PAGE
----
Initially it is likely that you may find even 60 rpm somewhat challenging, but as you progressively gain more experience you can move into the 90-100 rpm range.
Also note that a lower cadence will allow you to keep your heart rate lower and therefore reduce body perspiration. If you want to read more about sweating and body odor, check out this other article on the site.
If you your rpm is outside the optimum range It is likely that if you are pedaling slower or faster than that then you can find a gear that is more comfortable for you, which brings back your cadence in that range of RPM.
How to shift without damaging my bike?
You’re probably familiar with the cracking sound if you’ve ever tried to change gears while climbing a hill or inadvertently changing gears before getting on your bike. Chances are that it wasn’t only loud, but it also took long for the chain to finally settle. You may also have heard some clicking sounds after shifting gears on your cassette following a steep uphill climb. These sounds are not only awful to hear, but they also puts stress on the components involved.
You should always keep the following rules in mind in order to maximize the life of your bike.
The first main rule is that you should not cross-chain, which means that the chain is on the opposite cogs on the chainring and the cassette. Instead of being in a straight or almost straight line, the chain is in an unnatural position. Cross-chaining can quickly wear out both the chain and the cogs involved, and because of the lateral tension and friction you also lose some of the power you put into pedalling (it may be barely noticeable, but every little helps).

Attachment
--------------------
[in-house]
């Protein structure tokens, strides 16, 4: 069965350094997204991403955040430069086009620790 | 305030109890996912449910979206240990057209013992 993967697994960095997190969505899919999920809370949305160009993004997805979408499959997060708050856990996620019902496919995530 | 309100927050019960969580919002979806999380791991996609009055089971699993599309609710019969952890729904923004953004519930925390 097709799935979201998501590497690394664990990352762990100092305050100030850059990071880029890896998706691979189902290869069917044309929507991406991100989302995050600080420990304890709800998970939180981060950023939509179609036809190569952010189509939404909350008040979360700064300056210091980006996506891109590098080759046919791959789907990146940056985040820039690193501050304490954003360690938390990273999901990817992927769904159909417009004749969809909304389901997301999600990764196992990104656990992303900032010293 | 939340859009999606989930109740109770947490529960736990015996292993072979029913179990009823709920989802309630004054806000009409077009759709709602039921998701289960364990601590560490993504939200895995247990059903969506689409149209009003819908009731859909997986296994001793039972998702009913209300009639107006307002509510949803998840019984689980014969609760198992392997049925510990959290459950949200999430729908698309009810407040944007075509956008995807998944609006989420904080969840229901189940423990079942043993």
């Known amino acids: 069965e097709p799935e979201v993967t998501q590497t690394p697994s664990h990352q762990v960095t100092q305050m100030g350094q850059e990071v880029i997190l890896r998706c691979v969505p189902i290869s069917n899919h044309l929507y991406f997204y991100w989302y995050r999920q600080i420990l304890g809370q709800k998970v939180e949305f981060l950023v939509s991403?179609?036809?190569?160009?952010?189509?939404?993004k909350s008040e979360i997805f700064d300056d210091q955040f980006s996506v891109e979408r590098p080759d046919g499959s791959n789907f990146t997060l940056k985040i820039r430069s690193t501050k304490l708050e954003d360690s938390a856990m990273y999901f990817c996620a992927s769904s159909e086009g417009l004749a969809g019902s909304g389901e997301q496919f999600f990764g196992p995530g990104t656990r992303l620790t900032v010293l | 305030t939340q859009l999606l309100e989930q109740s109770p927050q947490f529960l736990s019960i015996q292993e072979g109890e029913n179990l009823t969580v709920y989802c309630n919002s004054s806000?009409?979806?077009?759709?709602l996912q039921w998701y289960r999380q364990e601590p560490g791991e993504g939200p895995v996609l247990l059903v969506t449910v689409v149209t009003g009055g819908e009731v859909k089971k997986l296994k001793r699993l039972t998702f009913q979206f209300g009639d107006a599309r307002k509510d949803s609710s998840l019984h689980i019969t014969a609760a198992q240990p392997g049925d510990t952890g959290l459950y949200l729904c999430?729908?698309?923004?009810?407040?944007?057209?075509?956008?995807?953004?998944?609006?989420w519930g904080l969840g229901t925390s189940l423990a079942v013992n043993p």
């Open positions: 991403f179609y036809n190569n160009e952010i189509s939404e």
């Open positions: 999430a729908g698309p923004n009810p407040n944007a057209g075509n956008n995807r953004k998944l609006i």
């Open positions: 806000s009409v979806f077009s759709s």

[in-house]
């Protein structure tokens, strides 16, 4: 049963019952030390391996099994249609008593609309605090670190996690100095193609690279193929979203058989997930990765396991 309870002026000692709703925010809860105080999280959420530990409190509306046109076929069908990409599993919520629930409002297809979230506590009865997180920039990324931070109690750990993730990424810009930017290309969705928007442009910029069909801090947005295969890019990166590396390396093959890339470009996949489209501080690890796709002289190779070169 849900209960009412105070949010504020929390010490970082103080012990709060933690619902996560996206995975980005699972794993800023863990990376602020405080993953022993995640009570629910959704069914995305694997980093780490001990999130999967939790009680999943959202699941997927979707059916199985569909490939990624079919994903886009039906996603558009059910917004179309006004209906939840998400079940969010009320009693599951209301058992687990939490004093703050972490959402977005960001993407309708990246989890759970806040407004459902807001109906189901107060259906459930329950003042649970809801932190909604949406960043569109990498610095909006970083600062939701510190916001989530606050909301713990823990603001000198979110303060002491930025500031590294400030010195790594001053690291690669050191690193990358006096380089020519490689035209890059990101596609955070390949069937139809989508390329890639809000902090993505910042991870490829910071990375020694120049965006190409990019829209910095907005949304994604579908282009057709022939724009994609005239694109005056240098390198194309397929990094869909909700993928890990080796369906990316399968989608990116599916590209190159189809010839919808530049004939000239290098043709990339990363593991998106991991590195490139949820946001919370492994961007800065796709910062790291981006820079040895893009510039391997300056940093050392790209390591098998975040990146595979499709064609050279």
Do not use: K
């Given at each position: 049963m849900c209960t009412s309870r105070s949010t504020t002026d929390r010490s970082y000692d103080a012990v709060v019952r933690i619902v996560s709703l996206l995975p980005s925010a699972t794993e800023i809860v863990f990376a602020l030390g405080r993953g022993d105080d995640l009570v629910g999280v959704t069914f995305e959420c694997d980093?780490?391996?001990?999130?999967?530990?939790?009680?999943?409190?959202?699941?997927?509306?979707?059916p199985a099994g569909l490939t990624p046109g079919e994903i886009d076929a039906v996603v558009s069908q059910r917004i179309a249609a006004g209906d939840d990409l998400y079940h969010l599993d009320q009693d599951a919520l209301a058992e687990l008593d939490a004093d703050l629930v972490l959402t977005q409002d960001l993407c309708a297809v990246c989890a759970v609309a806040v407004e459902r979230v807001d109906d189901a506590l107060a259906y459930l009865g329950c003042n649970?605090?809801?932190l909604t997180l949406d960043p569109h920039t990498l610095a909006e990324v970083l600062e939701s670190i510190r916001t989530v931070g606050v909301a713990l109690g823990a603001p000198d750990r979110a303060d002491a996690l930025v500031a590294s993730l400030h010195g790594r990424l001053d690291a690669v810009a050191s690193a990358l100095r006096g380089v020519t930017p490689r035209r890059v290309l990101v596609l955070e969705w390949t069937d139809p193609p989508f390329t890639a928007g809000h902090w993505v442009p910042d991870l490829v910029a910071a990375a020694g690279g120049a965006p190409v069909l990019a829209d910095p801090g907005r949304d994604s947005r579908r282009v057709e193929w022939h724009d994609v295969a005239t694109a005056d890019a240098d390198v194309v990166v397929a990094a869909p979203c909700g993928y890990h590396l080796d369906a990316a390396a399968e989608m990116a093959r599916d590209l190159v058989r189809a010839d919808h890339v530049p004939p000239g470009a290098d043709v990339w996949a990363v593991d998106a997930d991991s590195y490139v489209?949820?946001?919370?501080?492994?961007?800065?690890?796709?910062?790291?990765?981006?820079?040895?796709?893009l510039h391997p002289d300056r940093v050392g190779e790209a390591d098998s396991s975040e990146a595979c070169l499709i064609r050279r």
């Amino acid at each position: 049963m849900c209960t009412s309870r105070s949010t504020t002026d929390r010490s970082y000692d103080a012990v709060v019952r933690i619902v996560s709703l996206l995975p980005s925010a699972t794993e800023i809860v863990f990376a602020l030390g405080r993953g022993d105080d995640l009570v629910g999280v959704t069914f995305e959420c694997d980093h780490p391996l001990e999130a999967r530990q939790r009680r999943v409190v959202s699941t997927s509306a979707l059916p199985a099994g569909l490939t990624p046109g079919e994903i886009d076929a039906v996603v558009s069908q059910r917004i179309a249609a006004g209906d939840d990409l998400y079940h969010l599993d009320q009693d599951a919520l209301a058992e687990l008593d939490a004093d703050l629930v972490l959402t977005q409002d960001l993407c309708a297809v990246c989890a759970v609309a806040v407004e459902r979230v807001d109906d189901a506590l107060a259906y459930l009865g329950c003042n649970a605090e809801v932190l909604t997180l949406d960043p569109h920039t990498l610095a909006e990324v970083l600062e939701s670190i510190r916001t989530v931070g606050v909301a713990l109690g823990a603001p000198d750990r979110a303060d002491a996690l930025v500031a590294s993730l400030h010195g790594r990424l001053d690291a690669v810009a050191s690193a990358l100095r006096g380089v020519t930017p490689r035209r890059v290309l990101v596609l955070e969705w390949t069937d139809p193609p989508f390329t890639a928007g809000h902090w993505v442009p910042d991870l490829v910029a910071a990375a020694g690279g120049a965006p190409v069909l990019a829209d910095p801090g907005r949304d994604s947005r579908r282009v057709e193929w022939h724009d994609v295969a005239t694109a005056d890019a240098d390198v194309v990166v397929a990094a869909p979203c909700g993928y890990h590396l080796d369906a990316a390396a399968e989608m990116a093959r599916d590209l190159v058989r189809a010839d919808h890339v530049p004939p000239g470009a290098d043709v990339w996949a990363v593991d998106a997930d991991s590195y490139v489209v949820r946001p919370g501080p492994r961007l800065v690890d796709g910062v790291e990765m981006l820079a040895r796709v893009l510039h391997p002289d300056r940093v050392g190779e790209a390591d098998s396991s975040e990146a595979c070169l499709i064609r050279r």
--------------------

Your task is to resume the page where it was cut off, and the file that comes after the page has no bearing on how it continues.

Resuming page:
Even though it’s not strictly speaking cross-chaining, it’s also best to use avoid using the lowest and highest cassette gear when the chain is on front the middle chain ring.
Since 3×8 speed bikes are quite popular, here is a little visual of what gears you should and shouldn’t use.
You can end up with a cross chain after a steep hill that you climb in your smallest gear. As you reach the top and start changing gears it is good to keep in mind to change gears both at the front and on the rear.
Remember that since we’re talking about gear ratios which is the result of two numbers, you can achieve similar or identical ratios without cross chaining.
No load bearing shift
Changing gear while putting a lot of force through the pedals pressure is called load bearing shift or load shift. It happens during acceleration and/or going uphills. You should always change gear under some load, but you should avoid doing it under excessive load.
Load bearing shift will result in loud cracks, delayed and imprecise shifting and it is very bad for the chain, cassette and chainring. In extreme cases you can chip a tooth on one of your cogs or even break your chain.
If you are about to hit a steeper part that you need to switch gears for, you should do so before reaching the steep part so you can do it without too much tension going through your chain. You will arrive at the difficult part in a higher cadence and climbing will be much easier.
You can use two tricks if you forgot to change gears in time on a hill:
- Try to gain a little bit of momentum with a few pedal strokes and then you can putting less effort change gears.
- If the road is wide enough and there’s no traffic, you can go in zig-zag or even turn around for just a short distance. This will allow you to take the load off the pedal so you can shift.
- If all else fails, you can get off your bike and lifting the rear wheel you can change gear. Once in the proper gear, mount your bike again.